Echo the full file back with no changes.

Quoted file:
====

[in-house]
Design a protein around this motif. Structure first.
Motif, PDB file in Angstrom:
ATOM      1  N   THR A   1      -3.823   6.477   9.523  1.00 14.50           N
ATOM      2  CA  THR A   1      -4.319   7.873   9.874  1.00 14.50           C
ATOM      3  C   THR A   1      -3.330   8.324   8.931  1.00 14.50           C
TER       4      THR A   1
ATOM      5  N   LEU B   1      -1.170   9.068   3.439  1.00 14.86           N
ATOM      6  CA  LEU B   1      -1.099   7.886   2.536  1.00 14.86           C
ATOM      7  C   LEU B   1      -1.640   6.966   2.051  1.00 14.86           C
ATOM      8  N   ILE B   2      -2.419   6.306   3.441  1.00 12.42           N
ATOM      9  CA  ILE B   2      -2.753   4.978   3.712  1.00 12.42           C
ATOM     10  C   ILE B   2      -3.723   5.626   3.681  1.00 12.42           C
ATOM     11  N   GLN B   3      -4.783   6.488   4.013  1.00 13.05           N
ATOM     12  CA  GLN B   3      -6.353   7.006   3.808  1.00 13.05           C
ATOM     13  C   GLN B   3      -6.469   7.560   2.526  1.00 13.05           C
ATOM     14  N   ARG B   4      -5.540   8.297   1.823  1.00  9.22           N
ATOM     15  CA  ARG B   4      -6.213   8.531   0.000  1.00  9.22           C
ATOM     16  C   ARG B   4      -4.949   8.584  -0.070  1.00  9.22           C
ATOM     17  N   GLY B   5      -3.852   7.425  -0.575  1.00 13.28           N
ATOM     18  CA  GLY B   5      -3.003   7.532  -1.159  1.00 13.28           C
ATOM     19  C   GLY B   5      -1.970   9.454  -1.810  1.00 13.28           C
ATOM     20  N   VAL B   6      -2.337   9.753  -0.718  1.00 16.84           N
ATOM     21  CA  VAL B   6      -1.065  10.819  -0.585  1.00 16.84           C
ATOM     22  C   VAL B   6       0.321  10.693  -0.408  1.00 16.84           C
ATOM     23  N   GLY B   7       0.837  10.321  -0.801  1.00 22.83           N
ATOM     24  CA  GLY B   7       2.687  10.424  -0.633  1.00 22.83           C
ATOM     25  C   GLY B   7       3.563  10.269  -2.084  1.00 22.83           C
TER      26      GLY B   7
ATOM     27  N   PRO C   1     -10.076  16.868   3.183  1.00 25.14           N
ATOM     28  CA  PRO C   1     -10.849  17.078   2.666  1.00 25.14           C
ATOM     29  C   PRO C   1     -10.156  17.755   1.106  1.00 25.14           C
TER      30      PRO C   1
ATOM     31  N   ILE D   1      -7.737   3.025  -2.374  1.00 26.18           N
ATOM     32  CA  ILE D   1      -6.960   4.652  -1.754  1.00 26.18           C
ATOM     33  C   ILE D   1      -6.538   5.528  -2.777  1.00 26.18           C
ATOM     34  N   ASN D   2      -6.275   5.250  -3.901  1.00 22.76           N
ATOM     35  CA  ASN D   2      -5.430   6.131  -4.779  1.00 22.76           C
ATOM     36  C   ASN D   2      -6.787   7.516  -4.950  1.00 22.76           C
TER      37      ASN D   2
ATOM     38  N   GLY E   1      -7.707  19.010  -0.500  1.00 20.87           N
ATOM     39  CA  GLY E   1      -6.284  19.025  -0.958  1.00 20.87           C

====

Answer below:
[in-house]
Design a protein around this motif. Structure first.
Motif, PDB file in Angstrom:
ATOM      1  N   THR A   1      -3.823   6.477   9.523  1.00 14.50           N
ATOM      2  CA  THR A   1      -4.319   7.873   9.874  1.00 14.50           C
ATOM      3  C   THR A   1      -3.330   8.324   8.931  1.00 14.50           C
TER       4      THR A   1
ATOM      5  N   LEU B   1      -1.170   9.068   3.439  1.00 14.86           N
ATOM      6  CA  LEU B   1      -1.099   7.886   2.536  1.00 14.86           C
ATOM      7  C   LEU B   1      -1.640   6.966   2.051  1.00 14.86           C
ATOM      8  N   ILE B   2      -2.419   6.306   3.441  1.00 12.42           N
ATOM      9  CA  ILE B   2      -2.753   4.978   3.712  1.00 12.42           C
ATOM     10  C   ILE B   2      -3.723   5.626   3.681  1.00 12.42           C
ATOM     11  N   GLN B   3      -4.783   6.488   4.013  1.00 13.05           N
ATOM     12  CA  GLN B   3      -6.353   7.006   3.808  1.00 13.05           C
ATOM     13  C   GLN B   3      -6.469   7.560   2.526  1.00 13.05           C
ATOM     14  N   ARG B   4      -5.540   8.297   1.823  1.00  9.22           N
ATOM     15  CA  ARG B   4      -6.213   8.531   0.000  1.00  9.22           C
ATOM     16  C   ARG B   4      -4.949   8.584  -0.070  1.00  9.22           C
ATOM     17  N   GLY B   5      -3.852   7.425  -0.575  1.00 13.28           N
ATOM     18  CA  GLY B   5      -3.003   7.532  -1.159  1.00 13.28           C
ATOM     19  C   GLY B   5      -1.970   9.454  -1.810  1.00 13.28           C
ATOM     20  N   VAL B   6      -2.337   9.753  -0.718  1.00 16.84           N
ATOM     21  CA  VAL B   6      -1.065  10.819  -0.585  1.00 16.84           C
ATOM     22  C   VAL B   6       0.321  10.693  -0.408  1.00 16.84           C
ATOM     23  N   GLY B   7       0.837  10.321  -0.801  1.00 22.83           N
ATOM     24  CA  GLY B   7       2.687  10.424  -0.633  1.00 22.83           C
ATOM     25  C   GLY B   7       3.563  10.269  -2.084  1.00 22.83           C
TER      26      GLY B   7
ATOM     27  N   PRO C   1     -10.076  16.868   3.183  1.00 25.14           N
ATOM     28  CA  PRO C   1     -10.849  17.078   2.666  1.00 25.14           C
ATOM     29  C   PRO C   1     -10.156  17.755   1.106  1.00 25.14           C
TER      30      PRO C   1
ATOM     31  N   ILE D   1      -7.737   3.025  -2.374  1.00 26.18           N
ATOM     32  CA  ILE D   1      -6.960   4.652  -1.754  1.00 26.18           C
ATOM     33  C   ILE D   1      -6.538   5.528  -2.777  1.00 26.18           C
ATOM     34  N   ASN D   2      -6.275   5.250  -3.901  1.00 22.76           N
ATOM     35  CA  ASN D   2      -5.430   6.131  -4.779  1.00 22.76           C
ATOM     36  C   ASN D   2      -6.787   7.516  -4.950  1.00 22.76           C
TER      37      ASN D   2
ATOM     38  N   GLY E   1      -7.707  19.010  -0.500  1.00 20.87           N
ATOM     39  CA  GLY E   1      -6.284  19.025  -0.958  1.00 20.87           C